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October 05, 2005


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George Petruck

In some hindsight, Kelo might be a good thing. Let’s not forget that ED is used for not only farms and factories but also transportation and certain infrastructure necessities. In an area like New Orleans, different set of circumstances, but for a small town that does depend on tourism dollar and where the families have lower than average necessities, Kelo creates an opportunity for the system to recreate the damaged infrastructure, upgrade and will hopefully allow the return of the much need tourism dollar or welcome the new opportunity.


I think you may be mistaking a general anti-corporate attitude for an intuitive understanding of public choice economics. To distinguish, you'd need to look at a potential taking on behalf of, say, a union -- a party that is a political overachiever but not an object of public antipathy. (But I don't know of any takings on behalf of unions, so the distinguishing case might be hard to find.)

Dave Meleney

Kelo opens a pretty big door -- to ease the politicization of your property whatever it may be. All over the world we see the struggle of 3rd world nations to close that very door, and it often takes many decades to get it even half done. Tom Friedman describes how countries from Singapore to S. Korea to China have increasingly restrained the prerogatives of bureaucrats with his term "the golden straitjacket" ... and the wonderful results that ensue. I had relatives in Guangzhou China receive a reconstituted deed almost 50 years after their family's property had been "reassigned" by the PRC!

Meanwhile, in the US we travel in the other direction, with Kelo- New London authorities forcing sale of citizen's properties and attempts to pay something like half the current market values.

Reading Hernando de Soto-- human beings need reliable title and dependable legitimacy. The other road leads to increasingly expensive land use battles, constant and intense political fund raising, cronyism, and full employment for fixers, hacks, and bag men. Next time you are traveling in the developing world ask the entrepreneurs you meet about their battles with arbitrary edicts and bribes and why they keep their businesses small. Whether it's a cop in Tijuana who needs $50 when you produce your drivers license... or a former Sacramento legislator in pinstriped suit who knows how to get you a "hearing" with the relevant authorities, the world of bribery and arbitrary power is not a humane place to go.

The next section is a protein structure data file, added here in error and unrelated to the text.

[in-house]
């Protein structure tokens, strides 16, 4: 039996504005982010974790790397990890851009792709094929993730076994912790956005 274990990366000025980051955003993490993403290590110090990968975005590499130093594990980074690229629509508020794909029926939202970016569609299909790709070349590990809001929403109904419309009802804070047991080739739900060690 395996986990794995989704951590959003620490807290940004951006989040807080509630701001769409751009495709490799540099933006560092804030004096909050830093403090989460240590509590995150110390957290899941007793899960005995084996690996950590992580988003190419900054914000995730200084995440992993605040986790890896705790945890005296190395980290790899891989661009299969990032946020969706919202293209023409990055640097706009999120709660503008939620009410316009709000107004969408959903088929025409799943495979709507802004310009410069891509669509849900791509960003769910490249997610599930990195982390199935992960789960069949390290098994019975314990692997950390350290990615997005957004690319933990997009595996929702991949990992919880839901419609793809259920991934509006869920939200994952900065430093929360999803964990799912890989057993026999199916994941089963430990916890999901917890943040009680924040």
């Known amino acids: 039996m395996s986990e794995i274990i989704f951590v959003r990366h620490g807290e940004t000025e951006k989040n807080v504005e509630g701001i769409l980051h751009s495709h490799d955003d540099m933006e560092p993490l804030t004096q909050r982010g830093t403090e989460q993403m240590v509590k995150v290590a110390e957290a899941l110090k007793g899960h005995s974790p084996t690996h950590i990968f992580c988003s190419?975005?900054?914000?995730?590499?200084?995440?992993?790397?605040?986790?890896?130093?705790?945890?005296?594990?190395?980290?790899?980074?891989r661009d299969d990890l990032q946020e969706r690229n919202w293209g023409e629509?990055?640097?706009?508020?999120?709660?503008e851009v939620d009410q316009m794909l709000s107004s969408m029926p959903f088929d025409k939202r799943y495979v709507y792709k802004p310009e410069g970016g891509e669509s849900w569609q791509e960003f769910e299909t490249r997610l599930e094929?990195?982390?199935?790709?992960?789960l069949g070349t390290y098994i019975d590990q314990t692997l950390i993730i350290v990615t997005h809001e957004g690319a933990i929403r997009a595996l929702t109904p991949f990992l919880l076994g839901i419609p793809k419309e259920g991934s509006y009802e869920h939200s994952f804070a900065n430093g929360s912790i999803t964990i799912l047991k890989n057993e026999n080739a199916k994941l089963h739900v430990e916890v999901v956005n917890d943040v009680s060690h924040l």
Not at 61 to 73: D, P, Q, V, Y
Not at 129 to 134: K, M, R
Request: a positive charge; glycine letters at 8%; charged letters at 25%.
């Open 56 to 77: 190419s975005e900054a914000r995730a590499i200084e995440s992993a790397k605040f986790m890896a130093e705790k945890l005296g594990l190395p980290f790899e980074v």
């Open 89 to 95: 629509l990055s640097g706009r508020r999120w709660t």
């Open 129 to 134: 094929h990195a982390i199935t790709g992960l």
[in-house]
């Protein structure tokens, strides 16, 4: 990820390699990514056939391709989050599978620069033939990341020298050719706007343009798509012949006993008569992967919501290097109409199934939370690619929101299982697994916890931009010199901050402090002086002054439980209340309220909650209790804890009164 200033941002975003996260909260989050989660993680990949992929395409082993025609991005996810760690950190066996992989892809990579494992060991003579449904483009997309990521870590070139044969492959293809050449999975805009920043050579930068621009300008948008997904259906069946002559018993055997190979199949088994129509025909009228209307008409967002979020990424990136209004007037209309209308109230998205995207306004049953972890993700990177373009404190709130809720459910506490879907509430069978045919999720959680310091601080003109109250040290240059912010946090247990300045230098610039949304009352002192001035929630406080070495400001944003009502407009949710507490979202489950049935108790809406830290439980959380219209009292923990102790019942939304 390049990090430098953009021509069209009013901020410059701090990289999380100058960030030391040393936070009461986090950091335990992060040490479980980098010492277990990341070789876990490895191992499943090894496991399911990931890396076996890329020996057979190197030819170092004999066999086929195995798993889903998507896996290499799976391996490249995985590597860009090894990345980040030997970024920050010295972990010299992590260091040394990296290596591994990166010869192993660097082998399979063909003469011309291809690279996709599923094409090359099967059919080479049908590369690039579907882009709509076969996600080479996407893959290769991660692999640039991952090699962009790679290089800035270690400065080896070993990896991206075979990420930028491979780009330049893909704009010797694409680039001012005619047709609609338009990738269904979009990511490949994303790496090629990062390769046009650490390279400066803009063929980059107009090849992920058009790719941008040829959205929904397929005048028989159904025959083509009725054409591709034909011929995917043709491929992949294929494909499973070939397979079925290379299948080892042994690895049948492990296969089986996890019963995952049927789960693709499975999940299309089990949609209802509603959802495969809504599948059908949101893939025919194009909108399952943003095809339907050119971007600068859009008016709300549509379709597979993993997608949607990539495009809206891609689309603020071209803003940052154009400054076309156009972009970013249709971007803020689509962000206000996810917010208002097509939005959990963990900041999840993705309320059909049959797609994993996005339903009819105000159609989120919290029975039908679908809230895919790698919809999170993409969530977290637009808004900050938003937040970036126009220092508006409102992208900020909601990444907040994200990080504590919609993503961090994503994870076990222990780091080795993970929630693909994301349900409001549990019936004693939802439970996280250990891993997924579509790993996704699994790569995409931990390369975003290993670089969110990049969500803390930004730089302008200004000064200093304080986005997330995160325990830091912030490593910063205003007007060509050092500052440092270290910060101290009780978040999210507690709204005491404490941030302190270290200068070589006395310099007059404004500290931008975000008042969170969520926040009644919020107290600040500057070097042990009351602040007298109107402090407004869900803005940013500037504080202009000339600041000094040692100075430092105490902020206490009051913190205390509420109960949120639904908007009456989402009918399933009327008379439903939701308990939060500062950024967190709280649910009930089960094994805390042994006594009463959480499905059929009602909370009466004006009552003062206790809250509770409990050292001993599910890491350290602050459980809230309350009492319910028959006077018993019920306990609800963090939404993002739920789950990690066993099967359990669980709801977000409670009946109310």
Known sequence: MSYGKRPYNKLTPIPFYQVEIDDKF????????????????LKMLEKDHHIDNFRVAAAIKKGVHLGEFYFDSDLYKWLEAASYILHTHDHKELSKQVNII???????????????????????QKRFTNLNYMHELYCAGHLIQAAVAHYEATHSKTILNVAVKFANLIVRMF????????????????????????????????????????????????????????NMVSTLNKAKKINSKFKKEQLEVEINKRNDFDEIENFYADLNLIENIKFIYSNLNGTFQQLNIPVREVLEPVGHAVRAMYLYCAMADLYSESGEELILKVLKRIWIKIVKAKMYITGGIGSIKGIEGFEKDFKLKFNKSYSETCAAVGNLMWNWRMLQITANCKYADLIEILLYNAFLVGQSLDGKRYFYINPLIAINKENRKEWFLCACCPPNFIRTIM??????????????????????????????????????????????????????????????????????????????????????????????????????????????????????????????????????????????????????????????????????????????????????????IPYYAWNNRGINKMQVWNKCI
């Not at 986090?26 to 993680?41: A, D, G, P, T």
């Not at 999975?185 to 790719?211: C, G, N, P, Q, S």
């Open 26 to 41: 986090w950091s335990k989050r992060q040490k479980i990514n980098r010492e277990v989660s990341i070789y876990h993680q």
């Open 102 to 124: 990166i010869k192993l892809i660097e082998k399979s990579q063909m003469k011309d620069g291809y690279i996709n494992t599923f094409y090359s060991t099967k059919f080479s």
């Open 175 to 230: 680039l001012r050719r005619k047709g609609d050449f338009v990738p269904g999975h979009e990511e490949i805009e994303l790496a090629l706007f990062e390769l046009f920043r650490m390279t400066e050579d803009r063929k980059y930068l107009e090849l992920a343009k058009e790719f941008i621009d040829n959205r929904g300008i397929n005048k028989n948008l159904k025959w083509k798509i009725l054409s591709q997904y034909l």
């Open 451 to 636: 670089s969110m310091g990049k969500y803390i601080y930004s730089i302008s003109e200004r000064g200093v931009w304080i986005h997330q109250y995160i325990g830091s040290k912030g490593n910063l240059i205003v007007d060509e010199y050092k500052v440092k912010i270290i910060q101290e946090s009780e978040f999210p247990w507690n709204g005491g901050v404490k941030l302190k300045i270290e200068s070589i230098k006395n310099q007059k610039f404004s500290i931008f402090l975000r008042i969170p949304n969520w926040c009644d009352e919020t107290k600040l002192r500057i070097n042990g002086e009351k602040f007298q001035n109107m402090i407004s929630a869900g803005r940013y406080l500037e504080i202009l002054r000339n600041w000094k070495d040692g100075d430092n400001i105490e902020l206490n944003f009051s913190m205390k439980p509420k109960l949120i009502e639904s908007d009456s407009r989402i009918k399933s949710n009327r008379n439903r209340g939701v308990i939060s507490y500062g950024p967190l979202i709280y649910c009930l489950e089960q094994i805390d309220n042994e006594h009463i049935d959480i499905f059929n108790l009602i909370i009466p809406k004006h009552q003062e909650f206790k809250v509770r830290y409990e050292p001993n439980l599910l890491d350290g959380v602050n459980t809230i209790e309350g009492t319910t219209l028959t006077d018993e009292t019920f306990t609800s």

Johanna McArthur

Please help me if you can. I own a house jointley with someone. I want to sale and they don't want to . can I file a partisan to force a sale on my own?

Lew Elion

"A government big enough to give you everything you want is big enough to take everything you have". Gerald Ford
Since when is it government's agenda to increase tax revenue at the expense of private property? (Private property is the basis of our democracy, not cradle to grave service and ever increasing rates of taxation).
A bridge, a road, not really a problem, but private to private exchanges? Where is the common sense that built America? I have neither seen nor heard the phrases;
"reduce or eliminate expenses" by anyone in government at any level in several years."
The old reduction of services scam just worked in Chicago last week with an infusion of state funds to prop up public transportation. No one in any sound bite I was aware of offered the prospect that;
"our expenses have been cut to the bone"
"We have reduced routes in the slowest traffic areas"
Did I miss any of these or other frugality gems? Or was the crash of all services the only sound. Pulllleeeeeeze. Barnum extrapolated was right, and I'm not even a libertarian!

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